But the naming process was sloppy and full of errors. Americans entered a period of confusion over the uses of Indian naming. Farmer uses the case studies of Yosemite and Mount Ranier-Tacoma to show how Americans sought Indianist renaming of their western places, but often got things wrong, and even made things worse for the indigenous peoples who barely recognized the names of their sacred spaces. To Farmer, “This . . . reveal[ed] the intimate connection between linguistic appropriation and physical displacement, between the creation of parks and the removal of peoples—.” (265) And even more confusing was that eastern Algonquian names like “Moccasin” were employed onto features like “Moccasin Lake” in the Wind River Mountains of Wyoming (a Delaware word!)
Thus, Americans ended up using Indian names for their purposes, but renaming ultimately marked a form of what Farmer calls “verbal dispossession.” (242) In other words, I would add, whites’ positive and sentimental usage of Indian place names, even as they were removing Indians from those very places, was an act of cultural and physical erasure. Farmer states, “This melancholy refrain—a strain of romantic racism—would be repeated again and again in the nineteenth century, Indians die; only their names remain.” (254)
But Indians’ uses of place-naming was often associated with their own significant events, like reminders of stories, myths, and group history. This practice should be very familiar to Mormons, who also have a “sacred geography.” Often memorable associations are violent, like the Alamo, Mountain Meadows, Sand Creek (and I would add, Bear River), and one only needs to hear the word “Carthage” to imagine the mob lynching of Joseph and Hyrum Smith in 1844. In some cases, Indian tribes have sought to restore or correct their place names. A well-known example is Mount McKinley in Alaska returned to its original Athapascan name, “Denali,” in 1980. Far less success has accompanied natives’ attempts to expunge all uses of “Squaw” as a place name, with its much debated origin and meaning for native women. Even Timpanogos’s own rock neighbor, Squaw Peak, has not avoided this controversy, along with other “squaw” peaks in the West. Ironically, the “legend” that an Indian woman either jumped or fell to her death during the 1850 Mormon-Ute War is likely true. (Although not mentioned in this chapter, the fact that Squaw Peak is known today as a popular “make-out” location for BYU couples might reinforce the argument about how “squaw” connotes a sexualization of Indian women.)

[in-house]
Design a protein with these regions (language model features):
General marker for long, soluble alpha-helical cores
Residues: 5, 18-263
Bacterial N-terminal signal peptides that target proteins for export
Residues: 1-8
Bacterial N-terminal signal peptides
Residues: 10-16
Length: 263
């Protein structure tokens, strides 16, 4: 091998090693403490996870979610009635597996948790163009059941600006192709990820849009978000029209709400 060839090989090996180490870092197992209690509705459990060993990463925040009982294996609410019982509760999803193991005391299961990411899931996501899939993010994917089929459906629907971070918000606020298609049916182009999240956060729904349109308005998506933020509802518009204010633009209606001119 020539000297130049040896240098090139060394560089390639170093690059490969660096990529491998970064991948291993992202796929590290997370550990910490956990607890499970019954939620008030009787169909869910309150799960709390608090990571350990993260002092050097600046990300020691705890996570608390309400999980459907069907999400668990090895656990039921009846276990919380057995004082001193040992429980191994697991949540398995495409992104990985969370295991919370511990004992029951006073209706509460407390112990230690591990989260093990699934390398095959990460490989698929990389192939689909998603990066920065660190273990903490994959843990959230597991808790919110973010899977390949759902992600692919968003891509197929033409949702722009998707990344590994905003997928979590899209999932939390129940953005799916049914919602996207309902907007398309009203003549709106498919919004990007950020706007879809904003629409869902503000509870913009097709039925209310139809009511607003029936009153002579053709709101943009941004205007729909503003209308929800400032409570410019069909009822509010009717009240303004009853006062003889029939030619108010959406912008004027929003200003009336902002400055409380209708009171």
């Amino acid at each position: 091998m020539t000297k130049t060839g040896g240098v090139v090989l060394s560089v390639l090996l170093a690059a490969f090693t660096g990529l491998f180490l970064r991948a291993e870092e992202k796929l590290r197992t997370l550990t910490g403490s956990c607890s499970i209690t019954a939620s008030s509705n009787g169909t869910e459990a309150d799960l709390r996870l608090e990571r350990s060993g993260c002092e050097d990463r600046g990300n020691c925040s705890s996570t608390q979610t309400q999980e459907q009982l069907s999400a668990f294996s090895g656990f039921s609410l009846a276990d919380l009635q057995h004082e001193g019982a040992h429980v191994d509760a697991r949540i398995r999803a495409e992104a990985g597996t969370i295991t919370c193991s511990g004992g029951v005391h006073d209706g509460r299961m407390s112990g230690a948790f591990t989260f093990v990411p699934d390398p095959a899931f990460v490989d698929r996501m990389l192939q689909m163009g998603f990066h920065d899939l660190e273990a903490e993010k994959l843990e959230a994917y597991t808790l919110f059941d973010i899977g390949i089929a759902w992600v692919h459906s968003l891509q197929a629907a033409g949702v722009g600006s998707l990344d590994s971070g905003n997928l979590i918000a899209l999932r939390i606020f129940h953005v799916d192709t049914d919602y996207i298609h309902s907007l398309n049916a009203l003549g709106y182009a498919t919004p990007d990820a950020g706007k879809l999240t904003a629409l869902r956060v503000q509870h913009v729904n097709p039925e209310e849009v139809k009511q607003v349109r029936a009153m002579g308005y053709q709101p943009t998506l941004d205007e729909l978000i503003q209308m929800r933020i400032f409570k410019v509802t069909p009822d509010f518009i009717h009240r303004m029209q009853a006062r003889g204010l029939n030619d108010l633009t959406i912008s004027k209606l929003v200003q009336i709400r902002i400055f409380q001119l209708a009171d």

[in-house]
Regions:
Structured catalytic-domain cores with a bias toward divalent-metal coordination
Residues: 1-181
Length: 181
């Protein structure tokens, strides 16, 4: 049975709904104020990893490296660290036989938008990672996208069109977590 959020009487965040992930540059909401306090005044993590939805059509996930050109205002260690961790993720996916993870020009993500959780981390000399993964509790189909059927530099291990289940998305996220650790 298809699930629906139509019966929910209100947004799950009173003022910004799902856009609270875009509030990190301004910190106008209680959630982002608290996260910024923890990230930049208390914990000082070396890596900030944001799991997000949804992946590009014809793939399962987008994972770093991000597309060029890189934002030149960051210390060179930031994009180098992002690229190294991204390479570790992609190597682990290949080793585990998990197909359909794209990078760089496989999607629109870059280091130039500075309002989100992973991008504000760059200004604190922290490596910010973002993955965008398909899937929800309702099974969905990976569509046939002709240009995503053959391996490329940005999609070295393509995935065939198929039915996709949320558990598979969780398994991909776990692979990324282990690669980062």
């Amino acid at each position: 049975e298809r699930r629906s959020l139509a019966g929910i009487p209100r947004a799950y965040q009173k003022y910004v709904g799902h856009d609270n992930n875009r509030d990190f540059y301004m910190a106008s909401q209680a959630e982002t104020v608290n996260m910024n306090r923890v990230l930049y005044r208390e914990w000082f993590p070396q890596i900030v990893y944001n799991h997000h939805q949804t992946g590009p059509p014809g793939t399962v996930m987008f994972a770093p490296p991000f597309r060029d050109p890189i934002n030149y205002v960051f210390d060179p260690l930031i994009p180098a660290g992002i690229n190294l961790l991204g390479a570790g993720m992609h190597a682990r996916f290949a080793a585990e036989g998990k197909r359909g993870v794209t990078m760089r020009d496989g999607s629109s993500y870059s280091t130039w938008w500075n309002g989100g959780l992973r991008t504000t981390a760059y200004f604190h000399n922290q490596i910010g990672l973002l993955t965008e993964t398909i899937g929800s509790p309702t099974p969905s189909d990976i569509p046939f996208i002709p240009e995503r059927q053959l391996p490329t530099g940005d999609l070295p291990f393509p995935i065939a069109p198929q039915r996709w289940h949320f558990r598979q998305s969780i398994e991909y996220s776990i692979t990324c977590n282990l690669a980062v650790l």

For Timpanogos, the process happened just like it happened in other places of Indianist naming: suspect origins in the Ute language (probably “rock river”), first used for the Provo River and adapted on a map by the Spanish. The name was later applied to the mountain by Mormon settlers to Utah Valley, who preferred it because it highlighted a ‘romanticized’ Indian past. Over time, its meaning was shifted by local commenters, from “rock river” to symbolic ‘moral strength,’ and finally a representation of a “sleeping princess,” or what I see as an interesting juxtaposition of romantic Indian female type against the crude naming of its neighbor: Princess vs. Squaw.
Farmer concludes that “[t]he utility of ‘Timpanogos,’ like many Indianist place-names, comes from its betweenness. . . . Though obviously an “Indian” word, it retains no strong connections to a historical tribe or person or event. . . . (279) “As luck would have it, an Indian name gave the landmark a heightened semblance of antiquity and authenticity.” (281) But “the name demanded a legend,” and that idea will take us to the next installment of Summer Book Club. (To be continued . . .)